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Study in the U.S.A.

Each year, more than 800 students from over 40 countries experience America from a unique perspective. They participate in the American Institute For Foreign Study Foundation's Academic Year in America (AYA) program, where they join a caring American family and attend a U.S. high school.

AYA students share their customs and cultures with their American host families and new American friends. In return, they receive a lifetime of treasured memories and friendships and gain a special understanding of America's cultural diversity and the English language.

  • You live with an American family and spend an exciting year with American teenagers in a U.S. high school.
  • You experience the life of an American teenager.
  • You become a member of an American family.
  • You improve your English skills with help from your American family, friends and high school.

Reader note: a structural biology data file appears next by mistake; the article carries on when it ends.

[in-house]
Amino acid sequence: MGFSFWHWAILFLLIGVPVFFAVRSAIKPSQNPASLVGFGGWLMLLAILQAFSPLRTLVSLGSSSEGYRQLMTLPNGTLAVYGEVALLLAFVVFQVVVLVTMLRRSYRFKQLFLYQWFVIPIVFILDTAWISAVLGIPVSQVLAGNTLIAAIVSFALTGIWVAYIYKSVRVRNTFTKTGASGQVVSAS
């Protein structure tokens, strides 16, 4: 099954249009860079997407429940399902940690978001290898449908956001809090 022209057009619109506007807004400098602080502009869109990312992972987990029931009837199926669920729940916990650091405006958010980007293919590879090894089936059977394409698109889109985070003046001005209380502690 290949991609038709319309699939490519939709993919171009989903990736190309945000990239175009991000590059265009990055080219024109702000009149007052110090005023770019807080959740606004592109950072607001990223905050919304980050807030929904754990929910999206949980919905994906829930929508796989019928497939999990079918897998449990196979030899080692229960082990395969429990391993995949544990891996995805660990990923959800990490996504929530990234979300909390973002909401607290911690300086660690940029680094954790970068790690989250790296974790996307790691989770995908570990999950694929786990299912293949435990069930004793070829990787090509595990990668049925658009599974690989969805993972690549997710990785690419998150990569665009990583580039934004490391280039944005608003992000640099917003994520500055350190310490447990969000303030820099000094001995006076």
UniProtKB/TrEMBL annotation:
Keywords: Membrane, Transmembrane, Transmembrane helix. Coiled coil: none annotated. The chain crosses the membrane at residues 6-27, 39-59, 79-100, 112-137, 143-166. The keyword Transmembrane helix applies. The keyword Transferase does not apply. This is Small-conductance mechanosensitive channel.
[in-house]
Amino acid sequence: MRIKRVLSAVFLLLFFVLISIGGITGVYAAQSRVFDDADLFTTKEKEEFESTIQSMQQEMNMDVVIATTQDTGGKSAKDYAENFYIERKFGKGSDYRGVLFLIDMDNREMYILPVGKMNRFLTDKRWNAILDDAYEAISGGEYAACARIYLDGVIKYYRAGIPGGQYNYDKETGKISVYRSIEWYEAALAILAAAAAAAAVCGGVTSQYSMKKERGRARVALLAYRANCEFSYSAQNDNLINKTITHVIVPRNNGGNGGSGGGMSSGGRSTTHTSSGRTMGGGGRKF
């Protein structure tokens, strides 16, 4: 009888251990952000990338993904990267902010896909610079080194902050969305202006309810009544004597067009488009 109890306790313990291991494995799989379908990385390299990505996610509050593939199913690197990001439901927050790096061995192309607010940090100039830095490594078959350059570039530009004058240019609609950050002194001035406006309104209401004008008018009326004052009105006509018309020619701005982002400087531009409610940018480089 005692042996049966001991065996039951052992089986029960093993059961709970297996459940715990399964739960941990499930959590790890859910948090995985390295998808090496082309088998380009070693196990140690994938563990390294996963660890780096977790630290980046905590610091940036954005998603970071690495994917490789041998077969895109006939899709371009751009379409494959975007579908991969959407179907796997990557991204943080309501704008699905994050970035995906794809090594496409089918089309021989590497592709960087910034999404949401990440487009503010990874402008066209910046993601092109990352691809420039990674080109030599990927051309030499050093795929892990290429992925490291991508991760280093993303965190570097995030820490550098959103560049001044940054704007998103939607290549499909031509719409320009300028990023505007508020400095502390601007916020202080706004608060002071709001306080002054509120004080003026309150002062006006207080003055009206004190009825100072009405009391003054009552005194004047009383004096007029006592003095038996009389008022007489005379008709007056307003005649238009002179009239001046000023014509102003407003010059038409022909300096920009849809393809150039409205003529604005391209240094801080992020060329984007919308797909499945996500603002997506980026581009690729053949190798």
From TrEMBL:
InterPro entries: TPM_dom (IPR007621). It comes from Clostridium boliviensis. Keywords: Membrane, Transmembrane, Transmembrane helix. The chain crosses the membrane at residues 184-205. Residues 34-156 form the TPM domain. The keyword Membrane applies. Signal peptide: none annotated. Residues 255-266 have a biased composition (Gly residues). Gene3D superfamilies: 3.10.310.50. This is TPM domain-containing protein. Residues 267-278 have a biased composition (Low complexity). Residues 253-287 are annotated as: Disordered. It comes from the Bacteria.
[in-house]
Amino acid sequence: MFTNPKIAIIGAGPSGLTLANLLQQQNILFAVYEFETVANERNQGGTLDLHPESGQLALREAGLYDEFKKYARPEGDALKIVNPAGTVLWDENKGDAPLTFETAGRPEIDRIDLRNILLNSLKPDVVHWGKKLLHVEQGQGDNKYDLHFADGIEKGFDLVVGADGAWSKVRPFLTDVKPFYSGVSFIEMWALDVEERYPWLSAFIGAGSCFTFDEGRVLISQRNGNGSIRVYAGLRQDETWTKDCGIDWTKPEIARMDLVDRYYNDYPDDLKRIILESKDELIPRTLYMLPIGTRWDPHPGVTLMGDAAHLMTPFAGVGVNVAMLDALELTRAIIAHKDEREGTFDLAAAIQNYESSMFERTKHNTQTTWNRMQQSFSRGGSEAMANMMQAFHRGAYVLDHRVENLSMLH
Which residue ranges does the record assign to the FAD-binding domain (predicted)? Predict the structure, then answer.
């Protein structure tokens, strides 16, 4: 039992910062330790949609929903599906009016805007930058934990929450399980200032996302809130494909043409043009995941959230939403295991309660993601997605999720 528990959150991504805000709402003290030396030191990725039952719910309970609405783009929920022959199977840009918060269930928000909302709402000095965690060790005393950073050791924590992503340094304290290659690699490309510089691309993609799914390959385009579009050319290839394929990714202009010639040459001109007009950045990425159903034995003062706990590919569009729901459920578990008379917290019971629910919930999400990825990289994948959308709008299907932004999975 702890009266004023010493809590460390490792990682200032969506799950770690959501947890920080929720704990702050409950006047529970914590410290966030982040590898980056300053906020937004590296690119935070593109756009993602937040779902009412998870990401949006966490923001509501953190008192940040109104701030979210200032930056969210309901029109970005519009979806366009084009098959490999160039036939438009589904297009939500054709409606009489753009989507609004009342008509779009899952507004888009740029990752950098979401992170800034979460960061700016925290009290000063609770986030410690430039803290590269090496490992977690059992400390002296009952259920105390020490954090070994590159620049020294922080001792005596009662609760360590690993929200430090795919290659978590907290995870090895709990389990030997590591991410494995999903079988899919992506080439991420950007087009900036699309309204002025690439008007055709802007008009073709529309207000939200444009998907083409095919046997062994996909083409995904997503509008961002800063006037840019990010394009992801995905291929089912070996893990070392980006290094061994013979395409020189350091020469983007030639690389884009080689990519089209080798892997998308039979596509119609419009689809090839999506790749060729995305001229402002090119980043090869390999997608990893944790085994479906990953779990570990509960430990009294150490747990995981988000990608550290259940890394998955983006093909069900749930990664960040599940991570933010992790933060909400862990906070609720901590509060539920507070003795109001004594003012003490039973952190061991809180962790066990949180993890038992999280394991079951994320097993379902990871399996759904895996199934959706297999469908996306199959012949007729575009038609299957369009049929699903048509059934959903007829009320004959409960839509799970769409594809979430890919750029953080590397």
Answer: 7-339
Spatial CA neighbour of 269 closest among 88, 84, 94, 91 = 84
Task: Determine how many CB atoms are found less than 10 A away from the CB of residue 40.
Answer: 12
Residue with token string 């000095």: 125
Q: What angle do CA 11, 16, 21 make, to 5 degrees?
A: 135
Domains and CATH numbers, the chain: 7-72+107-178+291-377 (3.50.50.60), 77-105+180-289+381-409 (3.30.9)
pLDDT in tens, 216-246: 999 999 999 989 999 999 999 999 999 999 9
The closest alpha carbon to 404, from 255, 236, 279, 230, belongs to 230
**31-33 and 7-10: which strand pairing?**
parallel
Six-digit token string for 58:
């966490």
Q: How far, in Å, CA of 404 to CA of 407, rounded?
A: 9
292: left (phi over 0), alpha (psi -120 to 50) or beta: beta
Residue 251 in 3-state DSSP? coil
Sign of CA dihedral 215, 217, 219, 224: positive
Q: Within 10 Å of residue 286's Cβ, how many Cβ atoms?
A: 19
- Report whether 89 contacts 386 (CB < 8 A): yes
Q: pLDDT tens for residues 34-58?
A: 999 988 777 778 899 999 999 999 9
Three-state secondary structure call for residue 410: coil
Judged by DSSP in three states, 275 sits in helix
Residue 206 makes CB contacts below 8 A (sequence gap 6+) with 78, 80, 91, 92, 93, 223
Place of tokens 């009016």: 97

• By sharing everyday activities, you come to know what it is like to be an American.

Academic Year in America has made these experiences possible for over two decades. AYA is sponsored by the American Institute For Foreign Study Foundation, a not-for-profit educational organization founded in 1967. Since the Foundation has been designated by the U.S. Department of State as an Exchange Visitor Program, participants obtain a J-1 Exchange Visa for the duration of the program.

High School Foreign Exchange Program

If you are a student interested in a foreign exchange program, Academic Year in America provides high school exchange opportunities for you to live and study as part of an American family. With our organizational strength and ground-level support from our Local Coordinators providing assistance to you, your host family and your community, you can count on a fun, safe and exciting time as you live and study as an international exchange student in the U.S.

When I went the first day to school it was confusing, but mostly I was just amazed by the size of my school...The school even has its own stadium while schools in Germany don't even have their own teams. It was really interesting to experience what I had only seen on TV, actual school pride. Students, and people from town, would come and watch and cheer for the home team. I still learn something new every day and almost everything I do is an adventure.

—Yannick from Germany